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Lions Look to Build on Setback to Fifth-Ranked Hoosiers

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By Kelsey Detweiler, Student Staff Writer
UNIVERSITY PARK, Pa. - Penn State was unable to out-score a fast-paced Indiana offense in the Bryce Jordan Center on Monday night, but the Lions held a team that averages a nation-best 87.9 points per game to just 74.

8454347.jpegIn their Big Ten home-opener, the Lions welcomed an Indiana team sporting a 13-1 overall record and a 28.3-point scoring margin over opposing teams. With a game-plan of coming out and playing confidently and aggressively, Penn State was ready to fight for 40 minutes.

At the half, the Hoosiers led it 44-27 behind forward Christian Watford's team-high 13 points and a defense that forced eight Penn State turnovers and collected four steals. But that didn't stop the Lions from pushing.

Penn State answered by forcing 12 Hoosier turnovers, and they limited Indiana to just 30 second-half points.

Junior guard Jermaine Marshall had 11 points and a Nittany Lion-high seven rebounds in the conference competition, and says that the way his team played in the final minutes against Indiana is the way it needs to continue to compete.

"We've got to get good stops and we've got to rebound and I think we did a lot of that in the second half," said Marshall. "We've got to take care of the ball and I think we played well in the second half but we've got to keep that up."

From the sideline, head coach Patrick Chambers agreed that his team was much more productive in the final 20 minutes of the game.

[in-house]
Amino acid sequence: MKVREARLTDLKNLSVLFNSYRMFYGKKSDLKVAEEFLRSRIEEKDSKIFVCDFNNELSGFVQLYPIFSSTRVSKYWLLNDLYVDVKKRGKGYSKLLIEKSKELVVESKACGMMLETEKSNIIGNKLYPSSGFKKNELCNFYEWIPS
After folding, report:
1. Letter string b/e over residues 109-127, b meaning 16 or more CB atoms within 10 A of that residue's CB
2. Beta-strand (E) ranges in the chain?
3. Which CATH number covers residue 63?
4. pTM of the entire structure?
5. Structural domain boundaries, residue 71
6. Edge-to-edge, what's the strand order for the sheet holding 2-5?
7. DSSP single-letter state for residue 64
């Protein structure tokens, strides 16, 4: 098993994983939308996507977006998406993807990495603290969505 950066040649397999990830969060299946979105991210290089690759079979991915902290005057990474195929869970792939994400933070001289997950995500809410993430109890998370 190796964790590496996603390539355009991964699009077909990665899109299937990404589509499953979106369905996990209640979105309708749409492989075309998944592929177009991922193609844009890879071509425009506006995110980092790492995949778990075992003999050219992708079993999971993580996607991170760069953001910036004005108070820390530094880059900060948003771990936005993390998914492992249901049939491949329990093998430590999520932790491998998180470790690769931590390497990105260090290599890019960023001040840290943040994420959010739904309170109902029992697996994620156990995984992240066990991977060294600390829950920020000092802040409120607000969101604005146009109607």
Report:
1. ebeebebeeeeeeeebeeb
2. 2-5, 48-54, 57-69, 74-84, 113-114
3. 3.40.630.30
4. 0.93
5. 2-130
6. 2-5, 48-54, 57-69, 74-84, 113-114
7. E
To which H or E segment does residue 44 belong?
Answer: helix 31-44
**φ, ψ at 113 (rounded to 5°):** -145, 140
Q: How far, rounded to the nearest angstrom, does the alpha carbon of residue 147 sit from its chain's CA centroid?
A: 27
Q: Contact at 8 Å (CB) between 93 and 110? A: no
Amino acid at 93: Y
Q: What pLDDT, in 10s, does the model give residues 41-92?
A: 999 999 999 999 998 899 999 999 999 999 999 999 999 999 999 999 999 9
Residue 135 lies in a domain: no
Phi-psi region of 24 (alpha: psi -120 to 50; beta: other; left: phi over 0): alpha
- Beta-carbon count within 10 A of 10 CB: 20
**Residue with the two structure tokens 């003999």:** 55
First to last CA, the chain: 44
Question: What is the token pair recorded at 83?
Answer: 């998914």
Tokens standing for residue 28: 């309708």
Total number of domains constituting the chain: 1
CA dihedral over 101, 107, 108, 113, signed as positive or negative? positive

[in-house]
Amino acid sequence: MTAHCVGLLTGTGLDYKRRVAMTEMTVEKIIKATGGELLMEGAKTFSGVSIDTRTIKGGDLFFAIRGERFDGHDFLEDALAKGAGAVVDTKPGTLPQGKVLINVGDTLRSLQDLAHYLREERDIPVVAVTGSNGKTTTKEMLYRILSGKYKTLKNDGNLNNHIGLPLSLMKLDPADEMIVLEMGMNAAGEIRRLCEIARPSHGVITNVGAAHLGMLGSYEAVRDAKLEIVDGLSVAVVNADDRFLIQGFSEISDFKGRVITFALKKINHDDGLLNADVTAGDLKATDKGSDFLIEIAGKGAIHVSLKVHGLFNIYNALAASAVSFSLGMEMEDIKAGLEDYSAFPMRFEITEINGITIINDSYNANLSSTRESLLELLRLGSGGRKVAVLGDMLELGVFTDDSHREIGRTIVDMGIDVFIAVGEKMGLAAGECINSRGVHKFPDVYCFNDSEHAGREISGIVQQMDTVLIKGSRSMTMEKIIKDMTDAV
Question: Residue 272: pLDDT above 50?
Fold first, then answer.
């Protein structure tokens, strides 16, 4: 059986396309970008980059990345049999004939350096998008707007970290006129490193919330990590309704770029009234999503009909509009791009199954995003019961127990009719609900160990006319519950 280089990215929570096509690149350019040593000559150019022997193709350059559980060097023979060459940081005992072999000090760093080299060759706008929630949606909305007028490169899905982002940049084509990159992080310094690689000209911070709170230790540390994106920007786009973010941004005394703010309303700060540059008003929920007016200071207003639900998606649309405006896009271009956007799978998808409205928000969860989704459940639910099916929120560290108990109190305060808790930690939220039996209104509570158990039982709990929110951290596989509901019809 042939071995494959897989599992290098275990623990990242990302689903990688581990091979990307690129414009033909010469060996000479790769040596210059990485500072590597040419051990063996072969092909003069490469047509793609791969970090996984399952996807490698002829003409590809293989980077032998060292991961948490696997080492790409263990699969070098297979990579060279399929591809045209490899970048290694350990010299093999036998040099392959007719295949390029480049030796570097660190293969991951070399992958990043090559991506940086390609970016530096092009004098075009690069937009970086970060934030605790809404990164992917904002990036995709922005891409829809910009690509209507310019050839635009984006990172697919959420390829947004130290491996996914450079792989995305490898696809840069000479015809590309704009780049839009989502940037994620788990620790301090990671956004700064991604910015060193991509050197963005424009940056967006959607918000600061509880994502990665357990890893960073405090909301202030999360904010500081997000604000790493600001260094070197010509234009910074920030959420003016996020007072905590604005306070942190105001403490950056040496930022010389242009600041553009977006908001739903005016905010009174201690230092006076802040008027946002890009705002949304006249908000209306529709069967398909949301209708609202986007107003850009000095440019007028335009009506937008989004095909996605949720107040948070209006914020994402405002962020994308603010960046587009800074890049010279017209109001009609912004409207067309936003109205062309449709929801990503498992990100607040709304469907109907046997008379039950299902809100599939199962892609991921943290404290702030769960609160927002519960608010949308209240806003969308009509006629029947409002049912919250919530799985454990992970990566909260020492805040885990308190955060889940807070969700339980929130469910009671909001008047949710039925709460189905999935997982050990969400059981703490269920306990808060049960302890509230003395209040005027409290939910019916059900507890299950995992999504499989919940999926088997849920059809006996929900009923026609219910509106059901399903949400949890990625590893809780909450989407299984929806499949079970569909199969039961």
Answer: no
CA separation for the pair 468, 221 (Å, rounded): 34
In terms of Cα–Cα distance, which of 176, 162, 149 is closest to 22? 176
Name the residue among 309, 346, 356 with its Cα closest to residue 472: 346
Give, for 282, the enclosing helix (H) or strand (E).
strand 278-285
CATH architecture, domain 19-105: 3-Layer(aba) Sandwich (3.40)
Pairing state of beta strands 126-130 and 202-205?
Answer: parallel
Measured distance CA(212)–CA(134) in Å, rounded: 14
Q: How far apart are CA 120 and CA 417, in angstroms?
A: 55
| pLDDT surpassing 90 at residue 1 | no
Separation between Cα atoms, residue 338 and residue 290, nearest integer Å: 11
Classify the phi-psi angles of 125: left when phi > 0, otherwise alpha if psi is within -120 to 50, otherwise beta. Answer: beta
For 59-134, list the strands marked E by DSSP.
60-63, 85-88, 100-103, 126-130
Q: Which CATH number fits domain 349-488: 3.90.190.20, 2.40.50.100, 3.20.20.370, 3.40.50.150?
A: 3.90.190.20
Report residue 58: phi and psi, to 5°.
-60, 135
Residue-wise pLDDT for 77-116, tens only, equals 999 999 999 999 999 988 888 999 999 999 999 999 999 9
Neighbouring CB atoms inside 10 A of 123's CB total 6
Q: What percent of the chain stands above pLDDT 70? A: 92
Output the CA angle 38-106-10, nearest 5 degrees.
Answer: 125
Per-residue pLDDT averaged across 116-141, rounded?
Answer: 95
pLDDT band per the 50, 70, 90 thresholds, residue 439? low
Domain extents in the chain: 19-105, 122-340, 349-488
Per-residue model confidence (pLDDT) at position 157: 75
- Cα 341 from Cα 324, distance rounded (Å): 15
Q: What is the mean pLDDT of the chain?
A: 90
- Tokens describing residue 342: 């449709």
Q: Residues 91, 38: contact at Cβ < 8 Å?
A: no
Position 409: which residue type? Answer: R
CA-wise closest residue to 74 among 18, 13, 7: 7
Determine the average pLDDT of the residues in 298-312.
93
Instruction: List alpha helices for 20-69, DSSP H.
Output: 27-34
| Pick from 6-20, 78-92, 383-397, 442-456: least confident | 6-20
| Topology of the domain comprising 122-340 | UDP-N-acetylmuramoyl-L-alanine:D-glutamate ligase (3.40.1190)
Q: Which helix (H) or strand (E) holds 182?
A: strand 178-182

"We've got to go out and continue to play hard," said Chambers. "The positive is you hold a team like Indiana to 30 points. Now we've got to play like that for 40 minutes."

Against a top Big Ten team, Marshall and sophomore teammates D.J. Newbill and Ross Travis were stretched for 38 and 39 minutes of play on the evening. And although the number sounds draining, Marshall said that he and his fellow Lions wouldn't have it any other way.

"At this level it's definitely tiring," said Marshall. "But at the same time we're in shape and we've got to battle - that's what the Big Ten is. If we've got to play 40 minutes that's just what we've got to do and we've got to push through."

Penn State will look to continue building its 40-minute-long performance on the court as it hosts Northwestern on Thursday at 7 p.m. for its second conference battle of the week.

With a quick turnaround of events and just two days between games, Chambers said that this time of the season is one that he only knows how to embrace.

"This is the beauty of the Big Ten - no time to feel sorry for yourself," said Chambers. "Get back to work tomorrow."

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